Tuesday 13 July 2010
by: Zimmer Barnes, t r u t h o u t | Report
Gay Americans experience only mild homophobia compared to their peers in many other countries, where governments choose to persecute, criminalize, arrest, jail, and, in the worst cases, execute gay citizens. In essence, these nations are engaging in state-sponsored homophobia, and many of them receive millions of aid dollars from the US in some cases in excess of $1 billion. Thus emerges the ironic reality that gay Americans are being taxed to support foreign governments that imprison, torture, and kill gay citizens for no other reason than their expression of homosexuality.
Of the 93 states that sponsor homophobia, 30 of them were receiving economic aid from the US as of 2007. Gay citizens in places like Zimbabwe, Uzbekistan, and Nepal, are subject to heavy fines or even months or years of imprisonment. In other countries, such as Bangladesh, Uganda, and Tanzania, punishment can include imprisonment for decades or for a lifetime. In the worst cases, these US-funded governments send prisoners to hard labor camps and even impose the death penalty against gay citizens, regardless of whether the offense is a sexual act or a commitment ceremony.
Homosexuality is punishable by death in seven countries: Iran, Maurituana, Nigeria, Saudi Arabia, Sudan, United Arab Emirates and Yemen. While most of these nations do not receive economic or military funding from the US, two of them, Nigeria and Sudan, do; in 2007 alone, they received over $1.5 billion in aid.
Although much of this funding went to education, medicine, food, water, and shelter for some of the poorest people on the planet, not all of it was for humanitarian purposes. Sudan alone received $254 million in 2007 for military aid, and Nigeria received $2 million in military aid for the same year.
Westerners may be surprised to learn that countries like Jamaica, a popular travel destination and a mainstay among US tourists, is among the nations whose laws endorse homophobia. Jamaica imposes a penalty of 10 years in a forced labor camp for convicted gays. In 2007, the Jamaican government received $34 million in humanitarian aid and $2 million in military aid from the US.
Jamaica isn't alone as a nation that sentences gays to forced labor camps. Angola and Mozambique practice the same punishment, but, unlike Jamaica, do not limit the length of labor sentences. In 1976, Mozambique was reported to have forced labor camps that torture and starve prisoners. While current, firsthand accounts of these camps were not available for this publication, what is known is that conditions in forced labor camps can vary widely. Collectively, Jamaica, Angola and Mozambique received $345 million from the US in 2007 alone.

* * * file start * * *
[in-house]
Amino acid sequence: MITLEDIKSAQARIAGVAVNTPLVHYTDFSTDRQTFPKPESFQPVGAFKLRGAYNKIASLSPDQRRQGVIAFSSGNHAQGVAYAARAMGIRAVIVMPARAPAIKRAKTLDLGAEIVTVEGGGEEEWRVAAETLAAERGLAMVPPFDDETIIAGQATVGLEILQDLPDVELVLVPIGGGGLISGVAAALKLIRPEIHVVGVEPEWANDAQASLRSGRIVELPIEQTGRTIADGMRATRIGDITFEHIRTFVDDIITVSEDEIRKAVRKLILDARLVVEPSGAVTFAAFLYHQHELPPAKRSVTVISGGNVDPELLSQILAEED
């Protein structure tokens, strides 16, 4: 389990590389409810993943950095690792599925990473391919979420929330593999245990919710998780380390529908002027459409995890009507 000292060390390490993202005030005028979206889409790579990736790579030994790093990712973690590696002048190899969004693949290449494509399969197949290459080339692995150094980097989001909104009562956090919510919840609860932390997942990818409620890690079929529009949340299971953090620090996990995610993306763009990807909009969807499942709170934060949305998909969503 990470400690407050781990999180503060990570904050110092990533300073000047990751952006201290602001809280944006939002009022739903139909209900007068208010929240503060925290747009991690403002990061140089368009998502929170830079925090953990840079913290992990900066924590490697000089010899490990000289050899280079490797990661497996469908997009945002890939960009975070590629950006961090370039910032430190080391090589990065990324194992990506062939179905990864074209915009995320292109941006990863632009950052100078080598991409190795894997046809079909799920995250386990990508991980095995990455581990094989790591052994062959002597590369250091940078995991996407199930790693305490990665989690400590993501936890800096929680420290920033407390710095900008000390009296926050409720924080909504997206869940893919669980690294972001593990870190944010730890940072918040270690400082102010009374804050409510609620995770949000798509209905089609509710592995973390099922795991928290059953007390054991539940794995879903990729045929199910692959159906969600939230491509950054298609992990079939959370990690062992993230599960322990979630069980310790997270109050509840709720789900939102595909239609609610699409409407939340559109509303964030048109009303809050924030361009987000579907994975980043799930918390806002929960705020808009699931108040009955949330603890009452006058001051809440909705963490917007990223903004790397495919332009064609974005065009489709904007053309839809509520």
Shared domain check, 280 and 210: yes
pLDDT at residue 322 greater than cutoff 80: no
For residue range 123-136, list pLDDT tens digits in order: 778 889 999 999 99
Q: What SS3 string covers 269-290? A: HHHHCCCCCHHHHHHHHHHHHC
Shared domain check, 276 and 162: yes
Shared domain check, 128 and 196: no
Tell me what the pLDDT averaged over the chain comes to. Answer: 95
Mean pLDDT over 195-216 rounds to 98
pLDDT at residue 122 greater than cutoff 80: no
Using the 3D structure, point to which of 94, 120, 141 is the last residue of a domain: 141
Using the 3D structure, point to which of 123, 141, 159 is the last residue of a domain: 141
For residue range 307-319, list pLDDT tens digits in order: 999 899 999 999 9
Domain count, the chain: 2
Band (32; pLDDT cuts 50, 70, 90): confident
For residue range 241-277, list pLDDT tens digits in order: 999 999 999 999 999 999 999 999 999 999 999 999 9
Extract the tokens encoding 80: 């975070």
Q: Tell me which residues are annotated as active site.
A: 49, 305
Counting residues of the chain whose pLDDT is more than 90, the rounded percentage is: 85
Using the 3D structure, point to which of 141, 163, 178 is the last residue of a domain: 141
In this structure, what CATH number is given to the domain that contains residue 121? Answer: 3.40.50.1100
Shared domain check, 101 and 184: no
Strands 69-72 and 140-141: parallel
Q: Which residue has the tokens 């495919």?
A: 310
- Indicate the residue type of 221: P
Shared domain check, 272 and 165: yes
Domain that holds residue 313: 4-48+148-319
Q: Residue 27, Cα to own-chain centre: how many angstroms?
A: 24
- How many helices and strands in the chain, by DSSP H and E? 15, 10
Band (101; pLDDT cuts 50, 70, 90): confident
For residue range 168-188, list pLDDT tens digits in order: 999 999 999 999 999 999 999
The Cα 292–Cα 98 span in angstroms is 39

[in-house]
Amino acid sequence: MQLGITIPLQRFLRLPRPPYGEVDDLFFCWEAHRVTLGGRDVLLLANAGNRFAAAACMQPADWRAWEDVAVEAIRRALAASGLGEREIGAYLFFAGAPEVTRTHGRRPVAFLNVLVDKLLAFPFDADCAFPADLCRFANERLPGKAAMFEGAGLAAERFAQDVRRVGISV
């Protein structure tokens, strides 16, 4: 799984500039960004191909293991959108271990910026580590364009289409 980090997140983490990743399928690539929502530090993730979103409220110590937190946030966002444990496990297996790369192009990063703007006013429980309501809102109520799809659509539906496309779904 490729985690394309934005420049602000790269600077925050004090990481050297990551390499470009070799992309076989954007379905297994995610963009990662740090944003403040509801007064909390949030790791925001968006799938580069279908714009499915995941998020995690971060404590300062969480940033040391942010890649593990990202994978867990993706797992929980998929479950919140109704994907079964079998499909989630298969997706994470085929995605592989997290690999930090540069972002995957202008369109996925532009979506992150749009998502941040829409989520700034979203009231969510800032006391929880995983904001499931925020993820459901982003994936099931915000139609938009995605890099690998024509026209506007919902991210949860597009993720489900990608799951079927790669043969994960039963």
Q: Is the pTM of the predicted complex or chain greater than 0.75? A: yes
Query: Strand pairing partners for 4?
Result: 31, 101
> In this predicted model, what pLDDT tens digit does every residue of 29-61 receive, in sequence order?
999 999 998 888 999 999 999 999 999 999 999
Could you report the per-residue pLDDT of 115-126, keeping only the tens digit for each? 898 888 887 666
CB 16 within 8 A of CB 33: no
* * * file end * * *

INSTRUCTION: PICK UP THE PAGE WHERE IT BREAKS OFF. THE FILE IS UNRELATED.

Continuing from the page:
In Bangladesh, Guyana, Sierra Leone, Tanzania and Uganda, homosexuality is punishable by life in prison. Bangladesh, Tanzania, and Uganda all receive foreign aid, at a combined total of over $700 million in 2007.
Ethics may be difficult to enforce among distinct nations, but international treaties still make human rights legally, if not morally, relevant. The International Covenant on Civil and Political Rights of 1966 was signed by 72 nations, and includes text protecting citizens from inhumane treatment from governments. Articles 7 and 18 in the Covenant apply most closely to anti-gay laws.
Article 7 protects against torture and cruel or inhumane punishments. It states:
"No one shall be subjected to torture or to cruel, inhuman or degrading treatment or punishment."
Countries that include forced labor camps as punishment may be in violation of Article 7.
Article 18 establishes that religious practice may be limited to protect the rights and freedoms of others.
"Freedom to manifest one's religion or beliefs may be subject only to such limitations as are prescribed by law and are necessary to protect public safety, order, health, or morals or the fundamental rights and freedoms of others."
Countries that make homosexuality illegal on observance of Islamic law may be in violation of Article 18.
The US State Department recently made public its goal to promote gender equality and individual liberty around the world. In March 2010, US Secretary of State Hillary Clinton spoke at the UN Commission on the Status of Women. She stated, plainly and boldly, "President Obama and I believe that the subjugation of women is a threat to the national security of the United States. It is also a threat to the common security of our world, because the suffering and denial of the rights of women and the instability of nations go hand in hand."
While Clinton has been highlighting the link between nations that sponsor terror and nations that oppress women, she has yet to mention the similar correlation between terror and countries with strict laws against homosexuality. In 1993, Sudan appeared on the State Department's list of "state sponsors of terrorism." Although it has since been removed, the Sudanese government is connected to the Darfur conflict, which many regard as genocide.
Iran, on the other hand, is still on the list and is perhaps the most notorious country accused of sponsoring terrorism. Iranian gays can face the death penalty. Afghanistan, where homosexuality is still punishable by prison time, was a center of terror activity before and during the US occupation. In Iraq, terrorist militia groups were known to murder citizens suspected of being gay.
It remains to be seen whether the new presidential administration and a Secretary of State who is a vocal gender rights activist will rectify the financial relationship between the US and homophobic foreign governments.